But that won’t be the same forest we have now, the panel found that, “plant species that are unique to peatlands and rare plants are permanently lost. The effect is long term, extending past closure.” Despite Teck Resources plans for reforesting, the panel noted that “The current state of reclamation in the oil sands region is such that less than 25% of the disturbances have been reclaimed. In addition, the presence of tailings deposits on oil sands sites may delay reclamation timelines, thus delaying development to old-growth status.” In other words the estimate of a return to old growth forest by 2180 is probably much too optimistic. 

Seventeen First Nations and Métis groups presented to the panel. Although several Indigenous groups have reached agreements with Teck Resources, “in general the panel found that the project effects on use of lands and resources for traditional purposes, their cultural and physical heritage, and asserted rights will be adverse and significant for those groups close to the project.”

Given how much damage the panel expects this project to create, why would the panel approve it? In their own words, “Although we find that there will be significant adverse project and cumulative effects on certain environmental components and indigenous communities, under our authority as the AER, we consider these effects to be justified and that the Frontier project is in the public interest. “

For the oil industry executive appointed to lead the panel, “the public interest” starts and ends with the profits of Canadian companies. Despite hundreds of submissions, years of work and a report that runs more than 1200 pages long, this was always going to be the conclusion. Now this recommendation goes to the Federal Liberal Government who will approve it just like they approved the Trans-Mountain pipeline. But the public interest of the 99% is not the same as the interests of the 1%. Good jobs, decent wages and a livable planet are all harmed by dedicating our collective wealth to expanding the tar sands. There are alternatives but they’ll never come through parliament.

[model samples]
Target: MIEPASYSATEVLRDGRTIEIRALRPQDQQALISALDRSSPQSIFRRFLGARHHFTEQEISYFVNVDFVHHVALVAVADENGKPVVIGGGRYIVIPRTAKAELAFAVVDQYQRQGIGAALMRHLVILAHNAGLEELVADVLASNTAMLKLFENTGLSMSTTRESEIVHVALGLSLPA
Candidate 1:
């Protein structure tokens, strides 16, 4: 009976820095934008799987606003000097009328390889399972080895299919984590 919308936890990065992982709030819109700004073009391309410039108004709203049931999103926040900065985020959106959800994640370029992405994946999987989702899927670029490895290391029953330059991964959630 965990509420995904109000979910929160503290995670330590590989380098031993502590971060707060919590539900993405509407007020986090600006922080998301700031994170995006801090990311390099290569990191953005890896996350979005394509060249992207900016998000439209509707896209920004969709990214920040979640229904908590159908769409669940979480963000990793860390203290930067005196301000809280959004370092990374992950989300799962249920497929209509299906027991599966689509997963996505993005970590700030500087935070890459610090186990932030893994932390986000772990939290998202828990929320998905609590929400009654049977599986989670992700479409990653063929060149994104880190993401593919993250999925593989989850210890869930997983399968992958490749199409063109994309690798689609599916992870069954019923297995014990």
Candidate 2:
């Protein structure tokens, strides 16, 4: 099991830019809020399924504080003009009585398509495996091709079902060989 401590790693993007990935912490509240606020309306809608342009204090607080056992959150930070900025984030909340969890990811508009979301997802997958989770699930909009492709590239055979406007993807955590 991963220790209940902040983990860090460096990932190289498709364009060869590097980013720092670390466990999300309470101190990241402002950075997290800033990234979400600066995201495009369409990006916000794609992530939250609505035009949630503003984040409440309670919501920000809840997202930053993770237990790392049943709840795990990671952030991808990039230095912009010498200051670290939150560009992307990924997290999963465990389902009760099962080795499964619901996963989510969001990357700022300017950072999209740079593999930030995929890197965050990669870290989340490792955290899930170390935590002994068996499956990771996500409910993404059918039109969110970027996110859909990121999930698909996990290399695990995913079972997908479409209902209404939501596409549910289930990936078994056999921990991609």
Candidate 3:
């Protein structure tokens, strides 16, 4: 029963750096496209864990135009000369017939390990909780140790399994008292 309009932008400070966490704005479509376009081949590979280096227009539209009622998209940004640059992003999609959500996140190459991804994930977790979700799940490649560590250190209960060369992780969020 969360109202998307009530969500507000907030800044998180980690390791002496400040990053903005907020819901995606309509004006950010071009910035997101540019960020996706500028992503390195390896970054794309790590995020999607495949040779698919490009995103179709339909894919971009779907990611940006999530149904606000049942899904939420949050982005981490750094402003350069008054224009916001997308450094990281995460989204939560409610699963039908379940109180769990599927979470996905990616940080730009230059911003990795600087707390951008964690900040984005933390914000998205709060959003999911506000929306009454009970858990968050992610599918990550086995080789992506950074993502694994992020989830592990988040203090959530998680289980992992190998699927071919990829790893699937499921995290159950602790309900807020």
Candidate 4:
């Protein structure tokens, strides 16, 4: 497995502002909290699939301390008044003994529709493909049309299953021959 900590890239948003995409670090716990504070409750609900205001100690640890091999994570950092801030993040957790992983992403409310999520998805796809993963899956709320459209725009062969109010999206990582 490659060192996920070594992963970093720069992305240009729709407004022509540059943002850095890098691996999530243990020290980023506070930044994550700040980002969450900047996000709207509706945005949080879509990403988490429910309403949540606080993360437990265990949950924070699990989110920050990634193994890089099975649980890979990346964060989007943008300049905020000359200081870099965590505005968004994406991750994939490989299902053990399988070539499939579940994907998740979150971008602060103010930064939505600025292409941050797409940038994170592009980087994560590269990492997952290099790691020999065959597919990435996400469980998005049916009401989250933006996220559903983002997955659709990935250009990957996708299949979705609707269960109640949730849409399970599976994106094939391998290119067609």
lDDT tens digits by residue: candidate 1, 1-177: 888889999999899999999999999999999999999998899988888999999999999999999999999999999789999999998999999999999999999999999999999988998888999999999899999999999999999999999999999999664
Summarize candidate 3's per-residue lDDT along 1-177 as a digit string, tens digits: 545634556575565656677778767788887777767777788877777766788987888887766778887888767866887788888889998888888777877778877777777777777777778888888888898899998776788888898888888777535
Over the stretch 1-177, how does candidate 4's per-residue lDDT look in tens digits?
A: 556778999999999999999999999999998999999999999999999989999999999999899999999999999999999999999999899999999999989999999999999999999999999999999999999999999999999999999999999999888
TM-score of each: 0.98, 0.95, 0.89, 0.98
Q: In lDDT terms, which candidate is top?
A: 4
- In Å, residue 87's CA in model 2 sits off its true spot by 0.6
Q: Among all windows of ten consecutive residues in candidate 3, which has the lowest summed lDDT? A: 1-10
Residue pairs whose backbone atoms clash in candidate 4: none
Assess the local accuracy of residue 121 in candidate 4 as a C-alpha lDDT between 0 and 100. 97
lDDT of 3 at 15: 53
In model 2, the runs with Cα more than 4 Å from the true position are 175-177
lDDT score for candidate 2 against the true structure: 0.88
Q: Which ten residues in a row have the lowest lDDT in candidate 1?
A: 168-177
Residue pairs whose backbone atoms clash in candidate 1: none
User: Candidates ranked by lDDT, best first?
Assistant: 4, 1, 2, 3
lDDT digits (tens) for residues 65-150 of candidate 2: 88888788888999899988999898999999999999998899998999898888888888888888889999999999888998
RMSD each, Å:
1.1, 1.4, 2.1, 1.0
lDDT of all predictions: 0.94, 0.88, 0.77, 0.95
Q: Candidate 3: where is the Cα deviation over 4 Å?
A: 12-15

For example, the panel believes Teck Resources’ claims that the project will create thousands of jobs and will pay more than $70 billion in taxes to various levels of governments. Coincidentally, Trudeau’s government plans to spend at least that amount building 15 war ships. We could cancel the ships, and draw back from Canada’s endless wars, and the savings would cover the projected taxes on this mine. And we get the money a lot quicker, the mine will pay taxes over 41 years, but the $70 billion spending on war ships is supposed to take only 25 years. 

Teck Resources and all the rest of Canadian Capitalism will never let us vote away their hundreds of billions “invested” in the tar sands. The only climate plan that will work is if we take it from them.